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U.S. Bill Boosts School Lunch Funding

The U.S. House of Representatives has passed and sent to President Barack Obama a bill that boosts funding for the school lunch program by $4.5 billion through 2020 and bans “junk” food from school buildings.

Backers said it would be the first real increase in reimbursement rates for schools in 30 years and a step toward healthier meals. Obama is expected to sign the bill, which the Senate passed in August.

When he took office, Obama suggested an increase of $1 billion a year as part of a campaign to end childhood hunger by 2015. Congress postponed work for a year because of funding shortages. In the end, it scaled back a recession-fighting increase in food stamp benefits to pay for the bill.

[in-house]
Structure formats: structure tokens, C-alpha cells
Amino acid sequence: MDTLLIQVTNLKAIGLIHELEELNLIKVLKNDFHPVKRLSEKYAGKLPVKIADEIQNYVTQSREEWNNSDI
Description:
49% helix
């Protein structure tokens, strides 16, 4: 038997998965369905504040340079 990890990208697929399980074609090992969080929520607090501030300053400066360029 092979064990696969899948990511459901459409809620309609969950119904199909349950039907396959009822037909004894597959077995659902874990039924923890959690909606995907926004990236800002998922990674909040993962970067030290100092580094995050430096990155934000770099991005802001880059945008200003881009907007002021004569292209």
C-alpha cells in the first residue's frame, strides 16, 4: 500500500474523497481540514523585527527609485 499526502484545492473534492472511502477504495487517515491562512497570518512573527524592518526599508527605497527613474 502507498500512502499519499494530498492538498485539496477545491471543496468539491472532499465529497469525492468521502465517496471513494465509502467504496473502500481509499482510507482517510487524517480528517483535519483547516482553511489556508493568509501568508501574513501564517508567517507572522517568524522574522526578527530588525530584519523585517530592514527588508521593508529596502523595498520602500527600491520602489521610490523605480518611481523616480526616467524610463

More than 32 million students eat hot meals each day through the school lunch program and more than 12 million a day eat breakfast through a companion program. Two-thirds of the lunches are free or at reduced price for poor children.

The government underwr ites school meals, operated by local schools, and a handful of smaller child-nutrition programs at more than $17 billion a year. The bill approved by Congress would increase funding by $450 million annually for a decade.

It would add about 115,000 students to the program by streamlining paperwork and allow universal access at schools in high-poverty areas.

It boosts the per-meal reimbursement by six cents, the first noninflationary increase in 30 years, and bans high-calorie sugary and salty “junk” foods. It also would help pay for after-school meals to poor children at child-care centres.

First Lady Michelle Obama said in a statement the bill “will significantly improve the quality of meals that children receive at school and will play an integral role in our efforts to combat childhood obesity.”

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